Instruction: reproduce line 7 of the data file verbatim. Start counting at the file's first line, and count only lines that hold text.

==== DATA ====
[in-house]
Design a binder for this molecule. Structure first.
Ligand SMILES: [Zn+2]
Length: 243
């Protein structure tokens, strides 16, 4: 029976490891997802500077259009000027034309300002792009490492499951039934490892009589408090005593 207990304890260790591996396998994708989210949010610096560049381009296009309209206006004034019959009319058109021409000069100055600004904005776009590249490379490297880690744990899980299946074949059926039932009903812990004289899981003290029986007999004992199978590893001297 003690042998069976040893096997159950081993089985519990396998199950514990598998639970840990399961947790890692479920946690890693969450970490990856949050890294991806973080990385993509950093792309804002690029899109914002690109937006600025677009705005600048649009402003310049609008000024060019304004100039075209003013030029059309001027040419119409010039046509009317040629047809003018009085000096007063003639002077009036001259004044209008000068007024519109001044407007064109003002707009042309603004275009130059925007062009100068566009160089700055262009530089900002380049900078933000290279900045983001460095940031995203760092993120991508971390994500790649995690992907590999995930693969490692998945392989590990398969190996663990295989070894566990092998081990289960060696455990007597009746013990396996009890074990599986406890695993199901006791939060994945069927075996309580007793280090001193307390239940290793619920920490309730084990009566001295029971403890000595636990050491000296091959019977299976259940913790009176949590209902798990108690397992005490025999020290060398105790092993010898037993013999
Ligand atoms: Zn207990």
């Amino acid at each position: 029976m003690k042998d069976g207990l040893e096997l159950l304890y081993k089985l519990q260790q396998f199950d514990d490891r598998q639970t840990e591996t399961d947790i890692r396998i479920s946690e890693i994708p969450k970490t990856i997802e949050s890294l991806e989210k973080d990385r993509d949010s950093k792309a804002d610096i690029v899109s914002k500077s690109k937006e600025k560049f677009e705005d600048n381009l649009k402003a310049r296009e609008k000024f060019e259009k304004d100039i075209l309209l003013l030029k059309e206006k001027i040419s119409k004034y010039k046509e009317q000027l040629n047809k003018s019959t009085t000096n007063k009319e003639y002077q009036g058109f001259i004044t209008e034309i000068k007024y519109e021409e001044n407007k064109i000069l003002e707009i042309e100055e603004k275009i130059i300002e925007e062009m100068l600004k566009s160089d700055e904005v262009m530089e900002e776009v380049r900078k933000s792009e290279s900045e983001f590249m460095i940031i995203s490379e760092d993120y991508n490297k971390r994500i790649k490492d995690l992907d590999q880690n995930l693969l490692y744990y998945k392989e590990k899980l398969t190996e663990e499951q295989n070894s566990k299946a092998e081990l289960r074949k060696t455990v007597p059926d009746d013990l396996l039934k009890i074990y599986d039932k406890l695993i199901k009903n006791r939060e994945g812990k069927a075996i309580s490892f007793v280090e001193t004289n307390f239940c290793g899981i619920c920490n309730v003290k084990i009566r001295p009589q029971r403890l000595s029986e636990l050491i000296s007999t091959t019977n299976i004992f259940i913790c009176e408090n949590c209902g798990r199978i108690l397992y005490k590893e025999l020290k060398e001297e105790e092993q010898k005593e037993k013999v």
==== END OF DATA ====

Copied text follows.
């Amino acid at each position: 029976m003690k042998d069976g207990l040893e096997l159950l304890y081993k089985l519990q260790q396998f199950d514990d490891r598998q639970t840990e591996t399961d947790i890692r396998i479920s946690e890693i994708p969450k970490t990856i997802e949050s890294l991806e989210k973080d990385r993509d949010s950093k792309a804002d610096i690029v899109s914002k500077s690109k937006e600025k560049f677009e705005d600048n381009l649009k402003a310049r296009e609008k000024f060019e259009k304004d100039i075209l309209l003013l030029k059309e206006k001027i040419s119409k004034y010039k046509e009317q000027l040629n047809k003018s019959t009085t000096n007063k009319e003639y002077q009036g058109f001259i004044t209008e034309i000068k007024y519109e021409e001044n407007k064109i000069l003002e707009i042309e100055e603004k275009i130059i300002e925007e062009m100068l600004k566009s160089d700055e904005v262009m530089e900002e776009v380049r900078k933000s792009e290279s900045e983001f590249m460095i940031i995203s490379e760092d993120y991508n490297k971390r994500i790649k490492d995690l992907d590999q880690n995930l693969l490692y744990y998945k392989e590990k899980l398969t190996e663990e499951q295989n070894s566990k299946a092998e081990l289960r074949k060696t455990v007597p059926d009746d013990l396996l039934k009890i074990y599986d039932k406890l695993i199901k009903n006791r939060e994945g812990k069927a075996i309580s490892f007793v280090e001193t004289n307390f239940c290793g899981i619920c920490n309730v003290k084990i009566r001295p009589q029971r403890l000595s029986e636990l050491i000296s007999t091959t019977n299976i004992f259940i913790c009176e408090n949590c209902g798990r199978i108690l397992y005490k590893e025999l020290k060398e001297e105790e092993q010898k005593e037993k013999v």